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UPDATE on Satellite re-entry September 23, 2011

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Fri, 23 Sep 2011 06:30:46 PM CDT

As of 7 p.m. EDT on Sept. 23, 2011, the orbit of UARS was 90 miles by 95 miles (145 km by 150 km). Re-entry is expected between 11 p.m. Friday, Sept. 23, and 3 a.m., Sept. 24, Eastern Daylight Time (3 a.m. to 7 a.m. GMT). During that time period, the satellite will be passing over Canada, Africa and Australia, as well as vast areas of the Pacific, Atlantic and Indian oceans. The risk to public safety is very remote.

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Happy Equinox! September 23, 2011

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Here in Charleston the forecast is cloudy with a small chance of late falling  satellite debris.

What a fragment might look like as it enters the Earths atmosphere. APOD: Credit & Copyright: Howard Edin (Oklahoma City Astronomy Club)

In case you haven’t heard, the NASA UARS (Upper Atmosphere Research Satellite) is expected to re-enter Earth’s atmosphere late evening GMT on September 23 or early morning on September 24. It is about the size of a city bus, so some of the denser parts made of Beryllium and Titanium are expected to survive.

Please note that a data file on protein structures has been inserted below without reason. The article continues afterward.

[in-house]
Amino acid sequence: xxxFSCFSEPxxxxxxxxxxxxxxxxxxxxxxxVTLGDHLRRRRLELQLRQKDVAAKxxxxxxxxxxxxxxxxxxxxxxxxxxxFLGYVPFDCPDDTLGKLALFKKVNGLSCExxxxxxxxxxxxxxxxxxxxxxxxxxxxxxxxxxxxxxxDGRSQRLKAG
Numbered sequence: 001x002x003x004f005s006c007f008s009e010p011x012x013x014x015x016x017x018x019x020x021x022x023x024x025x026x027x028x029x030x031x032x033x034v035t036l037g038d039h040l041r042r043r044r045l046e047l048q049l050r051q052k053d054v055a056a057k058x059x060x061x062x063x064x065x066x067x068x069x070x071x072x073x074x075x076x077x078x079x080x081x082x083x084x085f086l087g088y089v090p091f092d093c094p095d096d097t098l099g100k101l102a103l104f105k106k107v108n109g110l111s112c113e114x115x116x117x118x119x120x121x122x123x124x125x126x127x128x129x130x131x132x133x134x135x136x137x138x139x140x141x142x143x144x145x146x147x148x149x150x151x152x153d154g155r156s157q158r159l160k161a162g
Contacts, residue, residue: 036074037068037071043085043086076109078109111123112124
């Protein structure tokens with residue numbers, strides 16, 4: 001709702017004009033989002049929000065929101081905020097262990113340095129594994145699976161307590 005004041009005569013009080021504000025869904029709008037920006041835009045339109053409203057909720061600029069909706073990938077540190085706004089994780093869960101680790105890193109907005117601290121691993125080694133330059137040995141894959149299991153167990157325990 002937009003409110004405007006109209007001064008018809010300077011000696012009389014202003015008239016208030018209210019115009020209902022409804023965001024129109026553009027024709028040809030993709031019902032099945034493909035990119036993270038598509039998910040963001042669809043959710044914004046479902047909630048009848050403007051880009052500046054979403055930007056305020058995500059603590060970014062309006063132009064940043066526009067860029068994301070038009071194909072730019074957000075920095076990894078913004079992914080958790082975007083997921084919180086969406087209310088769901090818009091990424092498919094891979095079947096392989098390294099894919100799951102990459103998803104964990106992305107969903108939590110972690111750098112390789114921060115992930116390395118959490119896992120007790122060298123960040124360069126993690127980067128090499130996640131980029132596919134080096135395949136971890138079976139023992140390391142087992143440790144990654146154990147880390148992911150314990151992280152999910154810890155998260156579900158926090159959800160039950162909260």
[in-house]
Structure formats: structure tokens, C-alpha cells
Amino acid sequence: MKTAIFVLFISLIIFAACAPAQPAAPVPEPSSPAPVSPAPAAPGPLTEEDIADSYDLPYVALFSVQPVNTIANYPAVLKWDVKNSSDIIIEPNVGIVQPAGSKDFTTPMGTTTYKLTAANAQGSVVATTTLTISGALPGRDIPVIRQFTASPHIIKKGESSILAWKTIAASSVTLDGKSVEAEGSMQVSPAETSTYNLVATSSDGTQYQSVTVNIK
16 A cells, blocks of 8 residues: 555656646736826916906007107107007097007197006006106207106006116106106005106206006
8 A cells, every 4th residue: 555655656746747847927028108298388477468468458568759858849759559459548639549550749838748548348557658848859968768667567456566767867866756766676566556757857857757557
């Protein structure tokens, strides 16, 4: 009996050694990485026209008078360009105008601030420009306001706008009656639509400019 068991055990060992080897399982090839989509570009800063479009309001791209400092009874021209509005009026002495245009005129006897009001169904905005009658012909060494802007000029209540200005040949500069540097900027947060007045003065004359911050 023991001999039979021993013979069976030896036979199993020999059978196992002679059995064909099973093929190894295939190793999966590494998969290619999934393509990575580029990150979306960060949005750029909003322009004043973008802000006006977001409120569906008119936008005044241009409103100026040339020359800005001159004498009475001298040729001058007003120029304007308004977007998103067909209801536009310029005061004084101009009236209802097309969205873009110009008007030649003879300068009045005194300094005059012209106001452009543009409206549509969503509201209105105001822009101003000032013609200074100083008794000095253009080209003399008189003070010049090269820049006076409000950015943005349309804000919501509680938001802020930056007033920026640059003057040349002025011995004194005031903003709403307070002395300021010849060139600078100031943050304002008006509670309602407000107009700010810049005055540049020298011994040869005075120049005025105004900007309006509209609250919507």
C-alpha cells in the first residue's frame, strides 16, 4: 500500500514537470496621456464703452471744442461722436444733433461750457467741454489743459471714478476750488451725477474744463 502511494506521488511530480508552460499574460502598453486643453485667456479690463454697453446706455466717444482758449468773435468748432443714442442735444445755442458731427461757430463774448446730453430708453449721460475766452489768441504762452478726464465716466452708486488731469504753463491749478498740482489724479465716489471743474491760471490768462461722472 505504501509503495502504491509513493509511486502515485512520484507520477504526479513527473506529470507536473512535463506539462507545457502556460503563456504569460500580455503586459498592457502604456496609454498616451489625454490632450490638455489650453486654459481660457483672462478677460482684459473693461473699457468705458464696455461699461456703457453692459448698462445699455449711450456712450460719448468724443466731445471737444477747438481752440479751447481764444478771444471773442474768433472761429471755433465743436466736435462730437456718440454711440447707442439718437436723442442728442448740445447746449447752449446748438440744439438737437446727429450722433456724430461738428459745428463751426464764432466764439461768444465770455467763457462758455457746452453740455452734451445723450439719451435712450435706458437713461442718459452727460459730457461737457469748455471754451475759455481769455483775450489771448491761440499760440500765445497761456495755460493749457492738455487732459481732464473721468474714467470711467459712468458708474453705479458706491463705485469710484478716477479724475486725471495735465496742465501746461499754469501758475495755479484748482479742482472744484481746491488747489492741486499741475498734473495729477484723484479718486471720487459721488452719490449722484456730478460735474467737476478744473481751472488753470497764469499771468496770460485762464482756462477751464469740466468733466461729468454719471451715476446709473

Computer simulations estimate about two dozen fragments weighing from 10 to several hundred pounds are expected to hit the Earth.  Now they won’t hit at orbital speeds of 17,000 mph, but some fragments might be traveling up to 200 mph when they hit the ground.

Right now, the Center for Orbital and Reentry Debris Studies lists the projected re-entry time as 03:16 on Sept. 24, plus or minus 5 hours.  September 24, 2011 at 03:16 UTC ± 5 hours; or September  23, at 10:16 PM ± 5 hours Central Daylight Time

Astronomy Club Meeting Tonight: ROCKETS!!!! April 6, 2011

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We will be having our regular Astronomy Club meeting this Wednesday April 6th at 8pm in room 2153 of the Physical Science Building.  Hannah Tanquary  will be giving a talk entitled “So you want to go to space: A step-by-step guide for those wishing to leave the Earth’s atmosphere.”  (It’s basically about rockets.)  Also, since there are only two meetings left, we will be nominating officers for next year and deciding what movie we want to watch for movie night at the last meeting.  Hope to see you there!


NASA Launches Solar Dynamics Observatory February 11, 2010

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NASA has launched the most advanced solar observatory ever built.

Credit: NASA

An unmanned rocket lifted off Thursday with the Solar Dynamics Observatory. The  mission goal is to shed light on Earth’s star. Scientists want to better understand the violent solar activity that influences life on Earth. This space weather can disrupt communications, knock out power and disable satellites.

The Atlas V rocket carrying the Solar Dynamics Observatory lifted off from Cape Canaveral, Florida, at 10:23 a.m. ET Thursday. NASA had delayed the launch three times Wednesday because of windy conditions.